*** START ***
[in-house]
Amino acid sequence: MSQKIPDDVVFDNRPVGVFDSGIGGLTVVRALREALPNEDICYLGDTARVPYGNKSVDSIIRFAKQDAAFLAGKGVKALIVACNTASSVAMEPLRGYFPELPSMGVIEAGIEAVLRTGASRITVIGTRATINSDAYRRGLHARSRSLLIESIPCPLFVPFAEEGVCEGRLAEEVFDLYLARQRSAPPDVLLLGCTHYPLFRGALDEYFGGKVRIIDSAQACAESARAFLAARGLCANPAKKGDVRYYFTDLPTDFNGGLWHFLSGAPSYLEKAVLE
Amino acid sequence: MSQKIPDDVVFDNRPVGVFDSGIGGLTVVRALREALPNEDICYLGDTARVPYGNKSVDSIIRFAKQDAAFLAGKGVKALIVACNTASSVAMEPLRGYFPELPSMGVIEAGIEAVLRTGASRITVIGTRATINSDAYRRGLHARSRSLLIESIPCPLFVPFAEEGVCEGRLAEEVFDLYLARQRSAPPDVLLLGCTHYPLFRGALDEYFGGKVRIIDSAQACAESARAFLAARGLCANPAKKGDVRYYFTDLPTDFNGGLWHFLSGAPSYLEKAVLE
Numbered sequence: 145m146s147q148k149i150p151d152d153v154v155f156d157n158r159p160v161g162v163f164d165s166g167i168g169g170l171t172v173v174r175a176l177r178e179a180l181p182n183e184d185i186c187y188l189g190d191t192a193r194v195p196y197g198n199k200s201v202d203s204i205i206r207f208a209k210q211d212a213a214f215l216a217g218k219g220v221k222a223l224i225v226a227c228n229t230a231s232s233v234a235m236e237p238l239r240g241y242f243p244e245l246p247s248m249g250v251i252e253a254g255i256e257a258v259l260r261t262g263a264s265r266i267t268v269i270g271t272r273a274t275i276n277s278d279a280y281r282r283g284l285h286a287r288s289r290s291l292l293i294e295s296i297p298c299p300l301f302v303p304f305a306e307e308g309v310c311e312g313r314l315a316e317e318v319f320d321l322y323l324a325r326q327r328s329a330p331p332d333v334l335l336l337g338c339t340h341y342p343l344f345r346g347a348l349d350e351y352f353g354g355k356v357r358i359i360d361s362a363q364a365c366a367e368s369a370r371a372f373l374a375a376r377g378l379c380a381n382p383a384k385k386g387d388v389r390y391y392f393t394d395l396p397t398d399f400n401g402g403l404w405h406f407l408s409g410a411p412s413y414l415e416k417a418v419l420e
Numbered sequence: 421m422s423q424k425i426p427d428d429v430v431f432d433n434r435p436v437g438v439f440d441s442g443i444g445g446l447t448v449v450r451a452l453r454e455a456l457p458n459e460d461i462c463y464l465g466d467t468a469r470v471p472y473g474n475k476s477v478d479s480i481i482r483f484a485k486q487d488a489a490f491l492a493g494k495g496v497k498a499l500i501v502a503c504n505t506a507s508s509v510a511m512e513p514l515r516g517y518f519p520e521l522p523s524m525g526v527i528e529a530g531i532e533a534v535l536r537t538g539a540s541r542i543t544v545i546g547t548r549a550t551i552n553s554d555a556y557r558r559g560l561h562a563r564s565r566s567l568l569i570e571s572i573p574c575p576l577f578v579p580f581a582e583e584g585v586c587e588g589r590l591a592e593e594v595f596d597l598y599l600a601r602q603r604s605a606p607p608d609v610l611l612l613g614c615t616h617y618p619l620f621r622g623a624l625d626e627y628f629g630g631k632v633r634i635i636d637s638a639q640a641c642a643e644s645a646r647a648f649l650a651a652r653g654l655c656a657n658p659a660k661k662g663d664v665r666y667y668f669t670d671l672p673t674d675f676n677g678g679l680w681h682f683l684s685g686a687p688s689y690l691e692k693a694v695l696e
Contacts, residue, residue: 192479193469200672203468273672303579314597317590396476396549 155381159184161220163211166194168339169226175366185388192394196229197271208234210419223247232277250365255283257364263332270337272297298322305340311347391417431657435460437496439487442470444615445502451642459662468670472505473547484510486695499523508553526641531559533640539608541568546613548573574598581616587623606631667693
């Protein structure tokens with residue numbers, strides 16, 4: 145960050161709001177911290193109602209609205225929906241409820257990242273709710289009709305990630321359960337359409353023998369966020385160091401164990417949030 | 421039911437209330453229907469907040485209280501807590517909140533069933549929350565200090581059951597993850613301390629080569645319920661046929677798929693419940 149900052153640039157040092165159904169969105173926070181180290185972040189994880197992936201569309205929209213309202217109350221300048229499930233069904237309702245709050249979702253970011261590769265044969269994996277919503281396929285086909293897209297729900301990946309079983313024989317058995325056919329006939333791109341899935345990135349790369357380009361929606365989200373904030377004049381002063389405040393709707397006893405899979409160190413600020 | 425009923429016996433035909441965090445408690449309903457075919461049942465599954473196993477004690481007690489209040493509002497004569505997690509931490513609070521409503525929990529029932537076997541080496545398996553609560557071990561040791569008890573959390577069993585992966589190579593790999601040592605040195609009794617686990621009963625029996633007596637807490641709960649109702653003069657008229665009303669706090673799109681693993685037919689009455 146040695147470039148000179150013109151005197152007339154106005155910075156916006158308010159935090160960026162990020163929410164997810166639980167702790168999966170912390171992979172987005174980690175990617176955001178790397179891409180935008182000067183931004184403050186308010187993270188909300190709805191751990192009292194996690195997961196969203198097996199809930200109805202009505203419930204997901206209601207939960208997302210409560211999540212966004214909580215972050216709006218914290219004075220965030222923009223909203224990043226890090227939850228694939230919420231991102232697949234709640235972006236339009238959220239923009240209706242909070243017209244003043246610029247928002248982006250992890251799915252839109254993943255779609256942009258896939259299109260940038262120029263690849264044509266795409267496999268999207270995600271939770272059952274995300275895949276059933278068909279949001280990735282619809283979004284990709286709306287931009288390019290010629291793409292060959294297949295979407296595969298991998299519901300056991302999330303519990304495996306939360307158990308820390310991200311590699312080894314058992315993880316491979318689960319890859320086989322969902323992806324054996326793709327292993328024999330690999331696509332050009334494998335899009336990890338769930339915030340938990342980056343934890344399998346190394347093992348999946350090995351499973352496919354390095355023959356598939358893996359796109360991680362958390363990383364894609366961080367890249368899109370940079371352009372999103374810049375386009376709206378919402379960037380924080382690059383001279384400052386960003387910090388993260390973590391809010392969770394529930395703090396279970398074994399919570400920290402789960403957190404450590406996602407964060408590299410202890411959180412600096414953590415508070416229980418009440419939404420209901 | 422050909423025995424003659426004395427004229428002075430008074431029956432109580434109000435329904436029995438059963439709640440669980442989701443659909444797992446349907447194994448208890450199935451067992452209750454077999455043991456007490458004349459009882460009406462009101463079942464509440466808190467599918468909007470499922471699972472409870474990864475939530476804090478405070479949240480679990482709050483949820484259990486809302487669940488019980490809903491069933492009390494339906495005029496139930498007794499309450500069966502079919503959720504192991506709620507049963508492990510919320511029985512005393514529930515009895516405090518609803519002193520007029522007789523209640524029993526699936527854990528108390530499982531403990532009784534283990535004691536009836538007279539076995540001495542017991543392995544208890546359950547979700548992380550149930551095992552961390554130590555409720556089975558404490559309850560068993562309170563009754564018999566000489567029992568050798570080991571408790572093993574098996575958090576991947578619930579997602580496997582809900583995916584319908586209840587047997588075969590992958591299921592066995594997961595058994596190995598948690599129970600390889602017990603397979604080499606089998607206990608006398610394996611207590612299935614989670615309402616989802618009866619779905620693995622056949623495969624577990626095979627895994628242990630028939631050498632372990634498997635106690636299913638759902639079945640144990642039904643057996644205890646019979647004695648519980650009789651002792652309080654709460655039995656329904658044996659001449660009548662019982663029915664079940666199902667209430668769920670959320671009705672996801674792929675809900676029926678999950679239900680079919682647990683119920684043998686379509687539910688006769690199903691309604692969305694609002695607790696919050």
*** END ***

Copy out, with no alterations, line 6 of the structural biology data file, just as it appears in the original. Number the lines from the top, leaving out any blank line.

Contacts, residue, residue: 192479193469200672203468273672303579314597317590396476396549 155381159184161220163211166194168339169226175366185388192394196229197271208234210419223247232277250365255283257364263332270337272297298322305340311347391417431657435460437496439487442470444615445502451642459662468670472505473547484510486695499523508553526641531559533640539608541568546613548573574598581616587623606631667693